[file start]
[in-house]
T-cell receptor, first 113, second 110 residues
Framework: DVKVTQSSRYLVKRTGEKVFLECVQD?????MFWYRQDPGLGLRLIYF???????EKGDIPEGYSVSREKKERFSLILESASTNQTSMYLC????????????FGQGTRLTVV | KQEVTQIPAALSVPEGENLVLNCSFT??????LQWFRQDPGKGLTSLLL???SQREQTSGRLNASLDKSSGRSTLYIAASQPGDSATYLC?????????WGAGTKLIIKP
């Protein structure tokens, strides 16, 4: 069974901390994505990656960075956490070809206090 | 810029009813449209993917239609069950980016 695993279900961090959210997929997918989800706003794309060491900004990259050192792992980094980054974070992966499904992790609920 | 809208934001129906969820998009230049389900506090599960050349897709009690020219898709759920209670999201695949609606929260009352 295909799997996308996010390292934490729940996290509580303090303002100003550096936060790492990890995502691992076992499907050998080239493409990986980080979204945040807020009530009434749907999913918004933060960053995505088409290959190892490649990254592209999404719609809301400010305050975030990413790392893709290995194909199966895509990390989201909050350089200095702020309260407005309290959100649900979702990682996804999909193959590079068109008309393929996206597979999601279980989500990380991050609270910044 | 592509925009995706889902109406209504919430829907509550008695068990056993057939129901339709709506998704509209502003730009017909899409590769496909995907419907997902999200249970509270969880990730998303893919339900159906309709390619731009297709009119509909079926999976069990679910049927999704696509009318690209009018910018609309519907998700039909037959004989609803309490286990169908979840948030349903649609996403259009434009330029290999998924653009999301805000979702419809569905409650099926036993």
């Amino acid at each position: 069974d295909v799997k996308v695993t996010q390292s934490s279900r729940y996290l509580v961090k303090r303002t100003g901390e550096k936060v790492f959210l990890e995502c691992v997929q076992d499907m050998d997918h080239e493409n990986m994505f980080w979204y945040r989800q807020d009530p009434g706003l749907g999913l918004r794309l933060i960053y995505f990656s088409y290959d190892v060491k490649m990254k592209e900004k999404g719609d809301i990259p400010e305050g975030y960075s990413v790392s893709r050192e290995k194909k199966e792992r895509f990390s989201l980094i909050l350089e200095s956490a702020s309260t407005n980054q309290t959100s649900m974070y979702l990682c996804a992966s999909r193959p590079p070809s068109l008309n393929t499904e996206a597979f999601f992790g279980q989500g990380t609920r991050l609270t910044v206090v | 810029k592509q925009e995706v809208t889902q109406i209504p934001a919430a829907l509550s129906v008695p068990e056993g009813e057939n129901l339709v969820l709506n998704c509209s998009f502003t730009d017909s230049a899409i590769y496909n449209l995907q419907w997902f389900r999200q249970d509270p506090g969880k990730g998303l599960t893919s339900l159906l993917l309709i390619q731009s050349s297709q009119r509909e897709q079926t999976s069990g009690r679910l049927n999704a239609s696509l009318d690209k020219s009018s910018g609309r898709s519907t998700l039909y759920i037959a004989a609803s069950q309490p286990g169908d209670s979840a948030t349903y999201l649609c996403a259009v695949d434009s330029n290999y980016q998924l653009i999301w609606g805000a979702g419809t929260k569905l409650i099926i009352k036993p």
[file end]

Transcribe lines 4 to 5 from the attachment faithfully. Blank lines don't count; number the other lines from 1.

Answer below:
């Protein structure tokens, strides 16, 4: 069974901390994505990656960075956490070809206090 | 810029009813449209993917239609069950980016 695993279900961090959210997929997918989800706003794309060491900004990259050192792992980094980054974070992966499904992790609920 | 809208934001129906969820998009230049389900506090599960050349897709009690020219898709759920209670999201695949609606929260009352 295909799997996308996010390292934490729940996290509580303090303002100003550096936060790492990890995502691992076992499907050998080239493409990986980080979204945040807020009530009434749907999913918004933060960053995505088409290959190892490649990254592209999404719609809301400010305050975030990413790392893709290995194909199966895509990390989201909050350089200095702020309260407005309290959100649900979702990682996804999909193959590079068109008309393929996206597979999601279980989500990380991050609270910044 | 592509925009995706889902109406209504919430829907509550008695068990056993057939129901339709709506998704509209502003730009017909899409590769496909995907419907997902999200249970509270969880990730998303893919339900159906309709390619731009297709009119509909079926999976069990679910049927999704696509009318690209009018910018609309519907998700039909037959004989609803309490286990169908979840948030349903649609996403259009434009330029290999998924653009999301805000979702419809569905409650099926036993």
């Amino acid at each position: 069974d295909v799997k996308v695993t996010q390292s934490s279900r729940y996290l509580v961090k303090r303002t100003g901390e550096k936060v790492f959210l990890e995502c691992v997929q076992d499907m050998d997918h080239e493409n990986m994505f980080w979204y945040r989800q807020d009530p009434g706003l749907g999913l918004r794309l933060i960053y995505f990656s088409y290959d190892v060491k490649m990254k592209e900004k999404g719609d809301i990259p400010e305050g975030y960075s990413v790392s893709r050192e290995k194909k199966e792992r895509f990390s989201l980094i909050l350089e200095s956490a702020s309260t407005n980054q309290t959100s649900m974070y979702l990682c996804a992966s999909r193959p590079p070809s068109l008309n393929t499904e996206a597979f999601f992790g279980q989500g990380t609920r991050l609270t910044v206090v | 810029k592509q925009e995706v809208t889902q109406i209504p934001a919430a829907l509550s129906v008695p068990e056993g009813e057939n129901l339709v969820l709506n998704c509209s998009f502003t730009d017909s230049a899409i590769y496909n449209l995907q419907w997902f389900r999200q249970d509270p506090g969880k990730g998303l599960t893919s339900l159906l993917l309709i390619q731009s050349s297709q009119r509909e897709q079926t999976s069990g009690r679910l049927n999704a239609s696509l009318d690209k020219s009018s910018g609309r898709s519907t998700l039909y759920i037959a004989a609803s069950q309490p286990g169908d209670s979840a948030t349903y999201l649609c996403a259009v695949d434009s330029n290999y980016q998924l653009i999301w609606g805000a979702g419809t929260k569905l409650i099926i009352k036993p």